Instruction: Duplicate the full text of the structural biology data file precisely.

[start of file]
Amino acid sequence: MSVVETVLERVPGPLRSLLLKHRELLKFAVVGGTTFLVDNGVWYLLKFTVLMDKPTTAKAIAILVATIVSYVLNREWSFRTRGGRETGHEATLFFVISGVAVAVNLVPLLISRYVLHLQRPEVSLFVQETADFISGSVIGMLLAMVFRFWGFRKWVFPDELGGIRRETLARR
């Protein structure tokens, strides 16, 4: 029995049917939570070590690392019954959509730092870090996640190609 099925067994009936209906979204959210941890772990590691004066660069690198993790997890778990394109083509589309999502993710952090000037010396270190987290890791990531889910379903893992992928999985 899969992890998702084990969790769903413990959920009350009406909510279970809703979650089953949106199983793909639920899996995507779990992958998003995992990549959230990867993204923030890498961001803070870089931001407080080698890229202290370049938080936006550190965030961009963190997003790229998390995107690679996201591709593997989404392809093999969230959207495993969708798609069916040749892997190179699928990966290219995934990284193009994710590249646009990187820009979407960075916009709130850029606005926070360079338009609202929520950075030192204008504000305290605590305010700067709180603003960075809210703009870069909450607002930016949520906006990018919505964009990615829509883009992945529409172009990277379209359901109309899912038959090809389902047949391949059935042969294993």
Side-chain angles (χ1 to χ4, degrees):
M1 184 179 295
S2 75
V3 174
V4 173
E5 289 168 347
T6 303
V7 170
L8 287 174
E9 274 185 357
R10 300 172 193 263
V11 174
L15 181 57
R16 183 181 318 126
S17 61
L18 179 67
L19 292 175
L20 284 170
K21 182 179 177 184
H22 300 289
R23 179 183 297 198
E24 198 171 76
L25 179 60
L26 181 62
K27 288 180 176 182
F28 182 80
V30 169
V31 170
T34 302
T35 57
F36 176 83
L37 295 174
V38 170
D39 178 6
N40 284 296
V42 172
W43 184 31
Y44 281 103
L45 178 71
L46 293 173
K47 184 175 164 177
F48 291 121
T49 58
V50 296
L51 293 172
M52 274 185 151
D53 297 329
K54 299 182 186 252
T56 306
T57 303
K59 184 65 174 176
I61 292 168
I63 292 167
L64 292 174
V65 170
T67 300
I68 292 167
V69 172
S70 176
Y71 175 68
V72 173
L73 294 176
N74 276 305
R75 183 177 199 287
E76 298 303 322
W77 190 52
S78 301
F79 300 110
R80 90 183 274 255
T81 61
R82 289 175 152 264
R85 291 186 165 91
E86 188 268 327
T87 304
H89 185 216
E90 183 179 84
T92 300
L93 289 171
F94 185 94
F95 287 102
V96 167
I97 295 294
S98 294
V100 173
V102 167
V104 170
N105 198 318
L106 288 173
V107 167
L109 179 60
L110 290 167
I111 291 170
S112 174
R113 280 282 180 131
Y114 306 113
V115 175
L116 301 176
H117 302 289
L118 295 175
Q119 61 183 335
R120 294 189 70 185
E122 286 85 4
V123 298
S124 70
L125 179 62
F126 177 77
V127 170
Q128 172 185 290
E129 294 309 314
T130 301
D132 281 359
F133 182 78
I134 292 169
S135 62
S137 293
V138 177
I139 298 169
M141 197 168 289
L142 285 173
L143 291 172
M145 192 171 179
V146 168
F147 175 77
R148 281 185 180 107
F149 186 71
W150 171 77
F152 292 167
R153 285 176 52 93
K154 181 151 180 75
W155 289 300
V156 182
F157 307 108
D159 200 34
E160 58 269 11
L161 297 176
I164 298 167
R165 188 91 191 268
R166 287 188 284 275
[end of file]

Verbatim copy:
Amino acid sequence: MSVVETVLERVPGPLRSLLLKHRELLKFAVVGGTTFLVDNGVWYLLKFTVLMDKPTTAKAIAILVATIVSYVLNREWSFRTRGGRETGHEATLFFVISGVAVAVNLVPLLISRYVLHLQRPEVSLFVQETADFISGSVIGMLLAMVFRFWGFRKWVFPDELGGIRRETLARR
């Protein structure tokens, strides 16, 4: 029995049917939570070590690392019954959509730092870090996640190609 099925067994009936209906979204959210941890772990590691004066660069690198993790997890778990394109083509589309999502993710952090000037010396270190987290890791990531889910379903893992992928999985 899969992890998702084990969790769903413990959920009350009406909510279970809703979650089953949106199983793909639920899996995507779990992958998003995992990549959230990867993204923030890498961001803070870089931001407080080698890229202290370049938080936006550190965030961009963190997003790229998390995107690679996201591709593997989404392809093999969230959207495993969708798609069916040749892997190179699928990966290219995934990284193009994710590249646009990187820009979407960075916009709130850029606005926070360079338009609202929520950075030192204008504000305290605590305010700067709180603003960075809210703009870069909450607002930016949520906006990018919505964009990615829509883009992945529409172009990277379209359901109309899912038959090809389902047949391949059935042969294993």
Side-chain angles (χ1 to χ4, degrees):
M1 184 179 295
S2 75
V3 174
V4 173
E5 289 168 347
T6 303
V7 170
L8 287 174
E9 274 185 357
R10 300 172 193 263
V11 174
L15 181 57
R16 183 181 318 126
S17 61
L18 179 67
L19 292 175
L20 284 170
K21 182 179 177 184
H22 300 289
R23 179 183 297 198
E24 198 171 76
L25 179 60
L26 181 62
K27 288 180 176 182
F28 182 80
V30 169
V31 170
T34 302
T35 57
F36 176 83
L37 295 174
V38 170
D39 178 6
N40 284 296
V42 172
W43 184 31
Y44 281 103
L45 178 71
L46 293 173
K47 184 175 164 177
F48 291 121
T49 58
V50 296
L51 293 172
M52 274 185 151
D53 297 329
K54 299 182 186 252
T56 306
T57 303
K59 184 65 174 176
I61 292 168
I63 292 167
L64 292 174
V65 170
T67 300
I68 292 167
V69 172
S70 176
Y71 175 68
V72 173
L73 294 176
N74 276 305
R75 183 177 199 287
E76 298 303 322
W77 190 52
S78 301
F79 300 110
R80 90 183 274 255
T81 61
R82 289 175 152 264
R85 291 186 165 91
E86 188 268 327
T87 304
H89 185 216
E90 183 179 84
T92 300
L93 289 171
F94 185 94
F95 287 102
V96 167
I97 295 294
S98 294
V100 173
V102 167
V104 170
N105 198 318
L106 288 173
V107 167
L109 179 60
L110 290 167
I111 291 170
S112 174
R113 280 282 180 131
Y114 306 113
V115 175
L116 301 176
H117 302 289
L118 295 175
Q119 61 183 335
R120 294 189 70 185
E122 286 85 4
V123 298
S124 70
L125 179 62
F126 177 77
V127 170
Q128 172 185 290
E129 294 309 314
T130 301
D132 281 359
F133 182 78
I134 292 169
S135 62
S137 293
V138 177
I139 298 169
M141 197 168 289
L142 285 173
L143 291 172
M145 192 171 179
V146 168
F147 175 77
R148 281 185 180 107
F149 186 71
W150 171 77
F152 292 167
R153 285 176 52 93
K154 181 151 180 75
W155 289 300
V156 182
F157 307 108
D159 200 34
E160 58 269 11
L161 297 176
I164 298 167
R165 188 91 191 268
R166 287 188 284 275